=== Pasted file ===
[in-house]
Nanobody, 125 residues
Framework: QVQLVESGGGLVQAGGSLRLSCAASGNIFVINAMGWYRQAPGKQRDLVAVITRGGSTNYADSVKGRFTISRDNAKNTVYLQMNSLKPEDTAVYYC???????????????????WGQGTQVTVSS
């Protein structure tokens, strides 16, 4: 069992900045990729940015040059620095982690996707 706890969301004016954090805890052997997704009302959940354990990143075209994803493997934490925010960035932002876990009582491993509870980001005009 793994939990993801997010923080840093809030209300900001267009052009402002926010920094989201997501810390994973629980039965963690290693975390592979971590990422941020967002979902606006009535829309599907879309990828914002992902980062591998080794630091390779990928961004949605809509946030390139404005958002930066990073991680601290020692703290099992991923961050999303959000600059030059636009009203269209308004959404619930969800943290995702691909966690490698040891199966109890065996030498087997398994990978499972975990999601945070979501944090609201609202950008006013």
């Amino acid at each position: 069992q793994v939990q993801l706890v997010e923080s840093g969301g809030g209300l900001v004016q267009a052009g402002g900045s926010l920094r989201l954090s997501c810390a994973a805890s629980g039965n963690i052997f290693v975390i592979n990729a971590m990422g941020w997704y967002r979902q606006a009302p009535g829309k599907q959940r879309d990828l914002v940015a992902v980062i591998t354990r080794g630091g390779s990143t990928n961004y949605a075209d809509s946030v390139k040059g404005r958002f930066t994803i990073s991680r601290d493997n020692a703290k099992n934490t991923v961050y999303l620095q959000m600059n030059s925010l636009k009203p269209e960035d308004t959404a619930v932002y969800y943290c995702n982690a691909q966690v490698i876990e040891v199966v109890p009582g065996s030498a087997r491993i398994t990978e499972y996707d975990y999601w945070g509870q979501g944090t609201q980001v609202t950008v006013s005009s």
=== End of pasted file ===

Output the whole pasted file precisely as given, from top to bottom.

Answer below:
[in-house]
Nanobody, 125 residues
Framework: QVQLVESGGGLVQAGGSLRLSCAASGNIFVINAMGWYRQAPGKQRDLVAVITRGGSTNYADSVKGRFTISRDNAKNTVYLQMNSLKPEDTAVYYC???????????????????WGQGTQVTVSS
């Protein structure tokens, strides 16, 4: 069992900045990729940015040059620095982690996707 706890969301004016954090805890052997997704009302959940354990990143075209994803493997934490925010960035932002876990009582491993509870980001005009 793994939990993801997010923080840093809030209300900001267009052009402002926010920094989201997501810390994973629980039965963690290693975390592979971590990422941020967002979902606006009535829309599907879309990828914002992902980062591998080794630091390779990928961004949605809509946030390139404005958002930066990073991680601290020692703290099992991923961050999303959000600059030059636009009203269209308004959404619930969800943290995702691909966690490698040891199966109890065996030498087997398994990978499972975990999601945070979501944090609201609202950008006013």
């Amino acid at each position: 069992q793994v939990q993801l706890v997010e923080s840093g969301g809030g209300l900001v004016q267009a052009g402002g900045s926010l920094r989201l954090s997501c810390a994973a805890s629980g039965n963690i052997f290693v975390i592979n990729a971590m990422g941020w997704y967002r979902q606006a009302p009535g829309k599907q959940r879309d990828l914002v940015a992902v980062i591998t354990r080794g630091g390779s990143t990928n961004y949605a075209d809509s946030v390139k040059g404005r958002f930066t994803i990073s991680r601290d493997n020692a703290k099992n934490t991923v961050y999303l620095q959000m600059n030059s925010l636009k009203p269209e960035d308004t959404a619930v932002y969800y943290c995702n982690a691909q966690v490698i876990e040891v199966v109890p009582g065996s030498a087997r491993i398994t990978e499972y996707d975990y999601w945070g509870q979501g944090t609201q980001v609202t950008v006013s005009s």